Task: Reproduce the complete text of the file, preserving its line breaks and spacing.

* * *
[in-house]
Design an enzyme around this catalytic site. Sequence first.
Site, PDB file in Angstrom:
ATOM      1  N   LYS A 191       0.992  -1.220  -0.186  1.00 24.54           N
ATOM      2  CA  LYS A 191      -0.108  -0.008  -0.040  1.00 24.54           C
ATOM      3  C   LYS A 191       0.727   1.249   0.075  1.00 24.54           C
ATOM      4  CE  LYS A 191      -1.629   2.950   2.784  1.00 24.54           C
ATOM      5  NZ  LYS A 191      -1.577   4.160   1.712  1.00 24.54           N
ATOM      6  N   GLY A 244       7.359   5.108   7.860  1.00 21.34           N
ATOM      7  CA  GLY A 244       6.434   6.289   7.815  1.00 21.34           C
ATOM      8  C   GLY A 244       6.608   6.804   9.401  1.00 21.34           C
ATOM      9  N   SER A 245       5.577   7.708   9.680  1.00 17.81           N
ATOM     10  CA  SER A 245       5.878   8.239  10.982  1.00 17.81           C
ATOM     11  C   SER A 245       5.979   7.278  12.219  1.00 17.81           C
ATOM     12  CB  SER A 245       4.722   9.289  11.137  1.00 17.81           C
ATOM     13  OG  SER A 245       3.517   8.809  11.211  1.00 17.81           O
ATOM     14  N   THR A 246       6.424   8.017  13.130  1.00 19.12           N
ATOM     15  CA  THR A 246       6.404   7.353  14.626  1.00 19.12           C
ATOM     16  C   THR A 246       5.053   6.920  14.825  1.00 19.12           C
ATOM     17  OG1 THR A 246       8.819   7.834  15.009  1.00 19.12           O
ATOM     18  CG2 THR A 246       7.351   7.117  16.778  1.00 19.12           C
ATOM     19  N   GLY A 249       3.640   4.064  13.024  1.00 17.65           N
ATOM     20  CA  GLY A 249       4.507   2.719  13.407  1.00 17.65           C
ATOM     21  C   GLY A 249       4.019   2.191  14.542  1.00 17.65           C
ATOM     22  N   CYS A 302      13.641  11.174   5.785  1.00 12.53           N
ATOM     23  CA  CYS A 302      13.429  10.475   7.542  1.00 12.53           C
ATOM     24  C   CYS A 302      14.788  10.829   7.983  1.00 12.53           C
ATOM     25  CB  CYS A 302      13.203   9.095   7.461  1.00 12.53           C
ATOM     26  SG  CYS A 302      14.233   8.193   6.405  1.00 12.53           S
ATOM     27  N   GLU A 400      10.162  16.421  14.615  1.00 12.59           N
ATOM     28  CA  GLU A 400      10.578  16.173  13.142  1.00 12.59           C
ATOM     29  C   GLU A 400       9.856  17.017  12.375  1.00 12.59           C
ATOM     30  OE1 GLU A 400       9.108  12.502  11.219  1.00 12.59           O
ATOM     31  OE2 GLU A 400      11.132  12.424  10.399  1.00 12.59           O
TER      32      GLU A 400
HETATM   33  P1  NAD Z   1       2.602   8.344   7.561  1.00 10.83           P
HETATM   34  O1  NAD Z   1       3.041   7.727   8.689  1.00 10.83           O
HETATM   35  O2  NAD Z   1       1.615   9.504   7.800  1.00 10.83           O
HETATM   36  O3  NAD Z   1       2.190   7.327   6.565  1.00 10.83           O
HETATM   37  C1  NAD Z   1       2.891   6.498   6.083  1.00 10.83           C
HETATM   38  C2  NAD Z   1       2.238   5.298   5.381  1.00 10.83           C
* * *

[in-house]
Design an enzyme around this catalytic site. Sequence first.
Site, PDB file in Angstrom:
ATOM      1  N   LYS A 191       0.992  -1.220  -0.186  1.00 24.54           N
ATOM      2  CA  LYS A 191      -0.108  -0.008  -0.040  1.00 24.54           C
ATOM      3  C   LYS A 191       0.727   1.249   0.075  1.00 24.54           C
ATOM      4  CE  LYS A 191      -1.629   2.950   2.784  1.00 24.54           C
ATOM      5  NZ  LYS A 191      -1.577   4.160   1.712  1.00 24.54           N
ATOM      6  N   GLY A 244       7.359   5.108   7.860  1.00 21.34           N
ATOM      7  CA  GLY A 244       6.434   6.289   7.815  1.00 21.34           C
ATOM      8  C   GLY A 244       6.608   6.804   9.401  1.00 21.34           C
ATOM      9  N   SER A 245       5.577   7.708   9.680  1.00 17.81           N
ATOM     10  CA  SER A 245       5.878   8.239  10.982  1.00 17.81           C
ATOM     11  C   SER A 245       5.979   7.278  12.219  1.00 17.81           C
ATOM     12  CB  SER A 245       4.722   9.289  11.137  1.00 17.81           C
ATOM     13  OG  SER A 245       3.517   8.809  11.211  1.00 17.81           O
ATOM     14  N   THR A 246       6.424   8.017  13.130  1.00 19.12           N
ATOM     15  CA  THR A 246       6.404   7.353  14.626  1.00 19.12           C
ATOM     16  C   THR A 246       5.053   6.920  14.825  1.00 19.12           C
ATOM     17  OG1 THR A 246       8.819   7.834  15.009  1.00 19.12           O
ATOM     18  CG2 THR A 246       7.351   7.117  16.778  1.00 19.12           C
ATOM     19  N   GLY A 249       3.640   4.064  13.024  1.00 17.65           N
ATOM     20  CA  GLY A 249       4.507   2.719  13.407  1.00 17.65           C
ATOM     21  C   GLY A 249       4.019   2.191  14.542  1.00 17.65           C
ATOM     22  N   CYS A 302      13.641  11.174   5.785  1.00 12.53           N
ATOM     23  CA  CYS A 302      13.429  10.475   7.542  1.00 12.53           C
ATOM     24  C   CYS A 302      14.788  10.829   7.983  1.00 12.53           C
ATOM     25  CB  CYS A 302      13.203   9.095   7.461  1.00 12.53           C
ATOM     26  SG  CYS A 302      14.233   8.193   6.405  1.00 12.53           S
ATOM     27  N   GLU A 400      10.162  16.421  14.615  1.00 12.59           N
ATOM     28  CA  GLU A 400      10.578  16.173  13.142  1.00 12.59           C
ATOM     29  C   GLU A 400       9.856  17.017  12.375  1.00 12.59           C
ATOM     30  OE1 GLU A 400       9.108  12.502  11.219  1.00 12.59           O
ATOM     31  OE2 GLU A 400      11.132  12.424  10.399  1.00 12.59           O
TER      32      GLU A 400
HETATM   33  P1  NAD Z   1       2.602   8.344   7.561  1.00 10.83           P
HETATM   34  O1  NAD Z   1       3.041   7.727   8.689  1.00 10.83           O
HETATM   35  O2  NAD Z   1       1.615   9.504   7.800  1.00 10.83           O
HETATM   36  O3  NAD Z   1       2.190   7.327   6.565  1.00 10.83           O
HETATM   37  C1  NAD Z   1       2.891   6.498   6.083  1.00 10.83           C
HETATM   38  C2  NAD Z   1       2.238   5.298   5.381  1.00 10.83           C